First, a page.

This means that the whole burden of litigation was reversed and lay on the debtor, who had to draft a claim, pay the full court fee and provide evidence for his or her arguments. It must be remembered that all this happened in the course of enforcement proceedings, while the assets of the debtor were distrained, unless he or she successfully applied for a stay of execution.

 Issuing an enforcement title against its debtor, the bank acted as iudex in causa sua and de facto as an agent of the judiciary – which according to the Constitution is vested in independent courts. No other entity, even a state one, has a similar right. 

Is there a justification to the privilege?

Having made all these observations, the Tribunal posed the question: does the legal status of banks or any other factor justify these privileges? The principle of equality, after all, is not an absolute one. There may be some exceptions to this rule, as long as regulations differentiating the situation of similar entities are relevant, proportionate and serve the purpose of protecting other constitutional values. To find an answer to the question, the Tribunal responded in its reasoning to a number of arguments raised by supporters of the BET at the stage of written pleadings.

Historical arguments

First of all, the Tribunal referred to the historical arguments – that the institution of BET has a very long tradition in the Polish legal system, originating in the interwar period. In this way, supporters of BET wanted to refute allegations of it being a concept from the communist era. The Tribunal noted, however, that in the legal system before World War II, this privilege was granted only to certain state-owned banks (such as the State Agricultural Bank) and only if they were executing public tasks, funded from public resources. Nowadays the legal reality has changed. The banks are largely private and are conducting their commercial activity purely for profit, without participating in any way in performing public functions. They belong to the richest and strongest members of the market. These circumstances certainly cannot be the reason for such privileges.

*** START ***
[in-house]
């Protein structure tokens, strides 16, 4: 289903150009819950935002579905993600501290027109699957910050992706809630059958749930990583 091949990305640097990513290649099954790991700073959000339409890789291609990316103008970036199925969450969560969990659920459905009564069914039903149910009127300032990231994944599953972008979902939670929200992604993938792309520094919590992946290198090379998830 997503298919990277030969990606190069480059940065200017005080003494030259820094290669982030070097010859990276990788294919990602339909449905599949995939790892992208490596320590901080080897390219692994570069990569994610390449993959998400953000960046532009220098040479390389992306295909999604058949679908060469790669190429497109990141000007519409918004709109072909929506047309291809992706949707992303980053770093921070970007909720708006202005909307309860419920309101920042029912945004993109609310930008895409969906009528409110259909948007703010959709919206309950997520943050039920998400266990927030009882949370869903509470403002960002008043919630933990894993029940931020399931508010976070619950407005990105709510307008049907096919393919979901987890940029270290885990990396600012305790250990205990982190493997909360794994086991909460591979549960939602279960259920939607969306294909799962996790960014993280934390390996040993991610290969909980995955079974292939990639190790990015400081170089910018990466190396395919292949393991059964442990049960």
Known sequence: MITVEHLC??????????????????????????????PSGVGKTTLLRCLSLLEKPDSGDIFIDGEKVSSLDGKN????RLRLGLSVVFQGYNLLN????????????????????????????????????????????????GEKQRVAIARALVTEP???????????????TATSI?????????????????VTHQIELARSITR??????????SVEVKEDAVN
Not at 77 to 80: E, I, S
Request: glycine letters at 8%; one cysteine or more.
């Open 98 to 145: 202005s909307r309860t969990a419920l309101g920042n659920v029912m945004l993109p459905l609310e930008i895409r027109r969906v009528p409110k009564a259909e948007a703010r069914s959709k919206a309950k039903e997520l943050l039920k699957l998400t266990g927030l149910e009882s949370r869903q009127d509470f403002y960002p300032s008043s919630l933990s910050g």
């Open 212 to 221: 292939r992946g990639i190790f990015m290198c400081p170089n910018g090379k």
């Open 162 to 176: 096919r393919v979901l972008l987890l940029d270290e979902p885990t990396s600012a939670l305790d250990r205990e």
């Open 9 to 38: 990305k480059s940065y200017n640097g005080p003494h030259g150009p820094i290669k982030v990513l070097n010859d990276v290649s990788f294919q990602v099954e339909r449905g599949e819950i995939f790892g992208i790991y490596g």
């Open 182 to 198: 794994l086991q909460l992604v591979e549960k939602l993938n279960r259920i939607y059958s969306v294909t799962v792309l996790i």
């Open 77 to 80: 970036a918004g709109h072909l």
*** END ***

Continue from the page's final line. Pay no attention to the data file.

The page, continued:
BET as a result of the autonomy of the parties

The most important argument, however, raised in favour of BET was the debtor’s submission to execution, which was a prerequisite for issuing BET. It was argued that this voluntary submission was the emanation of autonomy of the parties, and fully legitimised the existence of BET in accordance with the rule volenti non fit iniuria.

The Tribunal did not share this position, pointing out that the autonomy of the parties constitutes the core principle of private, not public law. However, the submission to enforcement was a procedural act governed by the public law of civil proceedings, where the rule of autonomy does not apply. In addition, the Tribunal noted that the voluntary nature of the submission was only theoretical. In practice it was an obligatory condition upon concluding a contract with a bank. Clients of the bank were de facto forced to sign it, otherwise they would not obtain a loan, not to mention the fact that the submission was often hidden among the various provisions of the contract and the client was not fully aware of it.

Banks as an institution of public trust